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Creating New Holiday Traditions with Zero Waste In Mind

Green tips for creating new family traditions while reducing landfill waste.

The holidays are upon us and it is a good time to start new family traditions. Our waste is said to increase by 25% between Thanksgiving and New Years Day. What can we do differently?

When I was teenager, during the early years of the recycling movement, my family received a set of plates and silverware from a relative. This gift included napkin rings. My mum decided to use cloth napkins instead of paper ones. Our first set of cloth napkins were red bandanas. We each had our own unique ring to hold our napkin until it was ready for the wash.

A cloth napkin may be re-used for several days, depending on you, of course, and what you had for dinner. You can create your own napkin rings from any number of things. Most of my extended family still uses cloth napkins. I wonder how many trees we’ve saved? In addition to trees we saved landfill space. According to the EPA almost thirty percent of landfill waste comes from paper products. What about the energy, and chemicals from the production of paper napkins? Water too, despite the theories that washing uses more water, as napkins take up little room and are simply added to the laundry we already do.

More Tips For Reducing Paper Use:

  • Use cloth towels instead of paper ones. Linen towels are well known for drying glassware to a sparkling shine. A friend has a cloth towel hanging by the sink for hand drying and one by the stove for dishes. I still use paper towels, however a roll may last me a year. How long can you make one last? Please remember to put your food soiled paper towels in your green waste bin. Food scraps go in the green bin too!
  • Old t-shirts, bed sheets, and towels make great rags. Tear them to your preferred size and stash them under your kitchen and bathroom sinks and in the garage. They are absorbent and re-usable plus they won’t end up in the landfill. Turn less the worn sections of flannel sheets into dish towels.
  • Buy responsibly manufactured toilet paper (and other paper products). When I was little, my mother told us that we only needed 4 sheets of TP. Now this seems a bit Spartan, yet it still provides me with a baseline for using less.
  • Then there are plates and silverware. Use real ones and practice good dishwashing techniques. Some of the sweetest moments after a holiday meal are being part of the clean-up crew. Use this as another opportunity to connect with your relatives and help out. Or be a kitchen angel and sneak away for a break from the festivities.

In writing this I discovered my own weak spot, Kleenex tissues! Now my challenge is to buy or make cloth handkerchiefs. In the meantime I will buy responsibly manufactured tissues. Alas, this will be a small hardship─the greener products are not as soft as Kleenex.

Good luck with forming new traditions and keep us posted on your progress and creative solutions. Let’s re-think gift wrapping too! What do you do?

I look forward to this journey together on the Road to Zero Waste!

Rachel McKay

Sustainable Fairfax Zero Waste Committee Liaison

PS:  Jennifer Hammond’s blog from last year about sustainable gift giving is still relevant except for the date of the Sustainable Fairfax Craft Faire this coming Saturday, December 8, 2012.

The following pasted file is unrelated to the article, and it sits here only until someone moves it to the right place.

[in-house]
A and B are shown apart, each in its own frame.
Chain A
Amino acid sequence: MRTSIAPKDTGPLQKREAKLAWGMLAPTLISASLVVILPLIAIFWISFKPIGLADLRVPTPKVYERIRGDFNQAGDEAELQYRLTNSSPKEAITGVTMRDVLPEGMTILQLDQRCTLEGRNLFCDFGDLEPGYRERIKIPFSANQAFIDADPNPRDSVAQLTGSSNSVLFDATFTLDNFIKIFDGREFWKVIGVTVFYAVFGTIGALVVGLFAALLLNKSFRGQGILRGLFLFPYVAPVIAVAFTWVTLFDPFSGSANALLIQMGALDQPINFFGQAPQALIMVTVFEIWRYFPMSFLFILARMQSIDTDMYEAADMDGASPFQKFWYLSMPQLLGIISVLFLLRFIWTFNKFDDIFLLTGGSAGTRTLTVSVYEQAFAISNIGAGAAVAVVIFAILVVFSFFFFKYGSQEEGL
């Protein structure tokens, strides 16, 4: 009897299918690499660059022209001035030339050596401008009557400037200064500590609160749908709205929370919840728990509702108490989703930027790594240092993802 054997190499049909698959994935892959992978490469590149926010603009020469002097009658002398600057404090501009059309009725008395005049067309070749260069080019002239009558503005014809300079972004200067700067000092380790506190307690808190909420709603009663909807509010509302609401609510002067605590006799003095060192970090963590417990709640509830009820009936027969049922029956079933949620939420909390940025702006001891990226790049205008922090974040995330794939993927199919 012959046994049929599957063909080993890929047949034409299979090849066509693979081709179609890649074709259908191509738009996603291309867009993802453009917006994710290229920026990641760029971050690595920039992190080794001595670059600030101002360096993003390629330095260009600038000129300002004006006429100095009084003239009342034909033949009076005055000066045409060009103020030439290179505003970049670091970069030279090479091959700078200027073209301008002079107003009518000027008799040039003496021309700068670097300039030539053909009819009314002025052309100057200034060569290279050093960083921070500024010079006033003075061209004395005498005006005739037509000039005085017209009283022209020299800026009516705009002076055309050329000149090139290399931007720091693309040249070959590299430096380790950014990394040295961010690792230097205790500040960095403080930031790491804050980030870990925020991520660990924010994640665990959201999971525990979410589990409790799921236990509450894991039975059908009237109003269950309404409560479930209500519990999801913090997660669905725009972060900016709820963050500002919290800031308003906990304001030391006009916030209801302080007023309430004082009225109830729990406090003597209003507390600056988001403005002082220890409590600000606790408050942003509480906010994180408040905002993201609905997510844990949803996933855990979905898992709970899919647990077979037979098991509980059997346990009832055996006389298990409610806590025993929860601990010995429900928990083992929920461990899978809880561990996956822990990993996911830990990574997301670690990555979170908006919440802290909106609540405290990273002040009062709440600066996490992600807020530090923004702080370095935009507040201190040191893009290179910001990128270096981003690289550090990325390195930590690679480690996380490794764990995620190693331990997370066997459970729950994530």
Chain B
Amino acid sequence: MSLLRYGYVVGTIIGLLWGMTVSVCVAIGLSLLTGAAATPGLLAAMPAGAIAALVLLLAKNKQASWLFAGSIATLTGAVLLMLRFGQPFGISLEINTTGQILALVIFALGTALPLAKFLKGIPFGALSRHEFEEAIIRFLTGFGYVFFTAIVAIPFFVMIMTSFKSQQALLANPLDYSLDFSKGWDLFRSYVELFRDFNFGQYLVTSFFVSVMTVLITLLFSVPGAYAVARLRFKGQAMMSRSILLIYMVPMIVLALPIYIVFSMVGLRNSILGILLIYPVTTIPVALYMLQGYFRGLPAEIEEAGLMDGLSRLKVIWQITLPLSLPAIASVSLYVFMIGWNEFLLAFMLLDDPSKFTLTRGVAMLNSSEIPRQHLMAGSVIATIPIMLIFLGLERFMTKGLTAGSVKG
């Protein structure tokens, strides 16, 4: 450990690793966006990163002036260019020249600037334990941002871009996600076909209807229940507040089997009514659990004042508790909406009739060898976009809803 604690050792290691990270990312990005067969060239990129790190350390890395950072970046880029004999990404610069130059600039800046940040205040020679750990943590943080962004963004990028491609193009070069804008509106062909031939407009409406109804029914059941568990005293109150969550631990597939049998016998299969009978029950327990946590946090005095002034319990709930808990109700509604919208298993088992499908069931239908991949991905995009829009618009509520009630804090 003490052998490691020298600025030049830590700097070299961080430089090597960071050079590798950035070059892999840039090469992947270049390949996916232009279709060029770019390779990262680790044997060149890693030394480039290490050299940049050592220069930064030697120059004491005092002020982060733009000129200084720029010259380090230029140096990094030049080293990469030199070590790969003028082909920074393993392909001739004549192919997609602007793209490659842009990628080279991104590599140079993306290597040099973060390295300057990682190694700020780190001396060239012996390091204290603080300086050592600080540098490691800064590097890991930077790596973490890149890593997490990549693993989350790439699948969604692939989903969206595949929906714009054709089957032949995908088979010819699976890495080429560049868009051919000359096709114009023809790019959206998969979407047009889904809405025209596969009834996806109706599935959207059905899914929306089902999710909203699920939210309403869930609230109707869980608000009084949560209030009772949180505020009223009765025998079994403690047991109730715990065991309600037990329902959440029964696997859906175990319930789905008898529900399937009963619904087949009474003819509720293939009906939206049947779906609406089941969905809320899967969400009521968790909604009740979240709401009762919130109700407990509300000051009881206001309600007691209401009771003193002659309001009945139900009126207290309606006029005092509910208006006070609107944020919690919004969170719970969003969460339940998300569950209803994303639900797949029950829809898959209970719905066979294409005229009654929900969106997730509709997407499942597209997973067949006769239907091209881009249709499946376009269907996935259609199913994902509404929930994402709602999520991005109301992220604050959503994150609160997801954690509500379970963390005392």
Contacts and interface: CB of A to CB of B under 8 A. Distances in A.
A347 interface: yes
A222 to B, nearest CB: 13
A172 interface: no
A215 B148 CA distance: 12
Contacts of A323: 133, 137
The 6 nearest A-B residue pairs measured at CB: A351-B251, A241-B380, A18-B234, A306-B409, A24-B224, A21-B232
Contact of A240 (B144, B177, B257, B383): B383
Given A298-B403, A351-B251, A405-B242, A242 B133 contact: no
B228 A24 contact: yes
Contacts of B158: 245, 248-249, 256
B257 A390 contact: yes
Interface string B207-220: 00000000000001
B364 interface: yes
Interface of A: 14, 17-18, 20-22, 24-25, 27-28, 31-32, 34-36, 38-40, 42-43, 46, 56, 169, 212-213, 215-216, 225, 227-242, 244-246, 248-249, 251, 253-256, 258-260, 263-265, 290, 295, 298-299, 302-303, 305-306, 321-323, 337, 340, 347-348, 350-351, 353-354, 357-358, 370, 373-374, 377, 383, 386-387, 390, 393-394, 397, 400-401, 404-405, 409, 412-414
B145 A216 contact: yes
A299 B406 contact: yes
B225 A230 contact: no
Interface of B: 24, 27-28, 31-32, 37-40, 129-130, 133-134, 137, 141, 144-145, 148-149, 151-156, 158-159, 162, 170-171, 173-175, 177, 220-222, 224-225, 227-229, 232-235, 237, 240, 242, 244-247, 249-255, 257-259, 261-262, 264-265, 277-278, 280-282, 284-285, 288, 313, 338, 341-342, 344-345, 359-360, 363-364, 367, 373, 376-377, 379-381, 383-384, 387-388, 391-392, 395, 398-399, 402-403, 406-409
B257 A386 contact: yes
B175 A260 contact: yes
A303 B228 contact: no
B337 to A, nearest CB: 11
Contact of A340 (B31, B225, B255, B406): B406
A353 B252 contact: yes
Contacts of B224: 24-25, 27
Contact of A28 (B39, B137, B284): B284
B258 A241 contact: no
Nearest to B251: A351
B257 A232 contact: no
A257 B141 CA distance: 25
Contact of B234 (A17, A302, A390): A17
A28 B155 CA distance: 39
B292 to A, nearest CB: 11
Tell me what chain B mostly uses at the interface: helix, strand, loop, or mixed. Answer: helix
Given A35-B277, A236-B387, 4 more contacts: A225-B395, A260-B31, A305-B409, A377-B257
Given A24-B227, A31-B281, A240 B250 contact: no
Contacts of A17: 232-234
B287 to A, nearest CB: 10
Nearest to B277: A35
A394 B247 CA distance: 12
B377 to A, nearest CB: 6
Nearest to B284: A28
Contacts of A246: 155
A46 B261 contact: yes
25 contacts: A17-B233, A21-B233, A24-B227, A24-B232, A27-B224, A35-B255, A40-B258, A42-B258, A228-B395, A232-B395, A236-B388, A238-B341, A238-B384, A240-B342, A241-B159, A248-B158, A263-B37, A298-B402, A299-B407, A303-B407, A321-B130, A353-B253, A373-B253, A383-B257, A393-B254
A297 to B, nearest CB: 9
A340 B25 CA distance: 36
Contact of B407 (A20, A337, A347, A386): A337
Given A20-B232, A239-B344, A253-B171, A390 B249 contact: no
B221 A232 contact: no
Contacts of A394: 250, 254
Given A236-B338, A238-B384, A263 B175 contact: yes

This post is contributed by a community member. The views expressed in this blog are those of the author and do not necessarily reflect those of Patch Media Corporation. Everyone is welcome to submit a post to Patch. If you'd like to post a blog, go here to get started.

Jane Doe December 04, 2012 at 11:46 AM
Great article! Thank you so much for the new tips and for the reminders about things we sometimes forget.
Susan Efros December 04, 2012 at 05:32 PM
I am proud to say my partner and I have been using cloth napkins for 26 years. I've never felt as good about it as when I read your inspiring article. Keep it up! Isa
Stacy December 04, 2012 at 05:52 PM
Yes, great article, thank you!
Rachel McKay December 05, 2012 at 03:17 AM
Thanks, it is good to have reminders, isn't it?
Rachel McKay December 05, 2012 at 03:20 AM
That's great Isa, you two are among the many unsung heroes!
Claire Noble December 07, 2012 at 05:07 AM
My grand daughter has been making cloth napkins since she was eight - they are all sorts of sizes and materials, and people love them. She has a back order for them! I will show her your article, as she loves to find ways to help the Earth.
Rachel McKay December 07, 2012 at 05:48 AM
How lovely to have hand made napkins! Thanks for your story.
Jennifer Hammond December 07, 2012 at 06:48 AM
Thank you Rachel, for the great (and simple!) ideas to lessen our impact. Another idea for old towels- take them to your local veterinarian!
Laurel December 11, 2012 at 05:46 AM
Rachel, I know from firsthand experience that you are the BEST kitchen angel. I order a lot of things online, especially during the holidays -- any thoughts about what to do with excess bubble pack and the dreaded foam popcorn? Laurel
Rachel McKay December 11, 2012 at 05:58 AM
Hey Laurel, I thought I'd been slacking in the angel category these days, I must be resting on my laurels. I've taken bubble wrap and popcorn to stores that provide shipping and mailing services. They are usually happy to re-use them.
Rachel McKay December 11, 2012 at 06:00 AM
Or use them to cover your car windshield for easy frost protection on early winter mornings.

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